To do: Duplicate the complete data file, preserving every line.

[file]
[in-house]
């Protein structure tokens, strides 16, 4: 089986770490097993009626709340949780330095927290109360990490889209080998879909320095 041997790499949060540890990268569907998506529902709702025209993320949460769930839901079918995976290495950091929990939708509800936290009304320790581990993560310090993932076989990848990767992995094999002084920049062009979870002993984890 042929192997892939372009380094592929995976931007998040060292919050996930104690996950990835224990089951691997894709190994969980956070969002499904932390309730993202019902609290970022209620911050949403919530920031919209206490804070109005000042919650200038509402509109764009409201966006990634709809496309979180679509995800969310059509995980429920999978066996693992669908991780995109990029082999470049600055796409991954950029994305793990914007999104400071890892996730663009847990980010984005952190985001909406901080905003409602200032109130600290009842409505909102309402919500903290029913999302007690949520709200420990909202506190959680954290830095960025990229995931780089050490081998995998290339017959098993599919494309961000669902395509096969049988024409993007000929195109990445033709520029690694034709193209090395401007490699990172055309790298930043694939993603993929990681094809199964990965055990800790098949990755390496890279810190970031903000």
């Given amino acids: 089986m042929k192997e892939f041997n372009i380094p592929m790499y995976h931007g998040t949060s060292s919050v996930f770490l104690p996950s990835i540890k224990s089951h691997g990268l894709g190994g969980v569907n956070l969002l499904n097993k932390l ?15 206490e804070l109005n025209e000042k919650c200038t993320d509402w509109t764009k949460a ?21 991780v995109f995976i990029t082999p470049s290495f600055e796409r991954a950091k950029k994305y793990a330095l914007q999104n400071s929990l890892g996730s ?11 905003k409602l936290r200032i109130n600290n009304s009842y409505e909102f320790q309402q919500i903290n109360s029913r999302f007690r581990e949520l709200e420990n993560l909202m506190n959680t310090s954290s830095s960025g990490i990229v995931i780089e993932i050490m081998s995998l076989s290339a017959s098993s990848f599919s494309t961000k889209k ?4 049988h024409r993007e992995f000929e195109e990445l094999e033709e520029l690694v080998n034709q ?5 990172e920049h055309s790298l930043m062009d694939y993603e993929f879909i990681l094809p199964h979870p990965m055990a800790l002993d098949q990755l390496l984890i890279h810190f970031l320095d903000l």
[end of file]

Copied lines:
[in-house]
């Protein structure tokens, strides 16, 4: 089986770490097993009626709340949780330095927290109360990490889209080998879909320095 041997790499949060540890990268569907998506529902709702025209993320949460769930839901079918995976290495950091929990939708509800936290009304320790581990993560310090993932076989990848990767992995094999002084920049062009979870002993984890 042929192997892939372009380094592929995976931007998040060292919050996930104690996950990835224990089951691997894709190994969980956070969002499904932390309730993202019902609290970022209620911050949403919530920031919209206490804070109005000042919650200038509402509109764009409201966006990634709809496309979180679509995800969310059509995980429920999978066996693992669908991780995109990029082999470049600055796409991954950029994305793990914007999104400071890892996730663009847990980010984005952190985001909406901080905003409602200032109130600290009842409505909102309402919500903290029913999302007690949520709200420990909202506190959680954290830095960025990229995931780089050490081998995998290339017959098993599919494309961000669902395509096969049988024409993007000929195109990445033709520029690694034709193209090395401007490699990172055309790298930043694939993603993929990681094809199964990965055990800790098949990755390496890279810190970031903000």
């Given amino acids: 089986m042929k192997e892939f041997n372009i380094p592929m790499y995976h931007g998040t949060s060292s919050v996930f770490l104690p996950s990835i540890k224990s089951h691997g990268l894709g190994g969980v569907n956070l969002l499904n097993k932390l ?15 206490e804070l109005n025209e000042k919650c200038t993320d509402w509109t764009k949460a ?21 991780v995109f995976i990029t082999p470049s290495f600055e796409r991954a950091k950029k994305y793990a330095l914007q999104n400071s929990l890892g996730s ?11 905003k409602l936290r200032i109130n600290n009304s009842y409505e909102f320790q309402q919500i903290n109360s029913r999302f007690r581990e949520l709200e420990n993560l909202m506190n959680t310090s954290s830095s960025g990490i990229v995931i780089e993932i050490m081998s995998l076989s290339a017959s098993s990848f599919s494309t961000k889209k ?4 049988h024409r993007e992995f000929e195109e990445l094999e033709e520029l690694v080998n034709q ?5 990172e920049h055309s790298l930043m062009d694939y993603e993929f879909i990681l094809p199964h979870p990965m055990a800790l002993d098949q990755l390496l984890i890279h810190f970031l320095d903000l």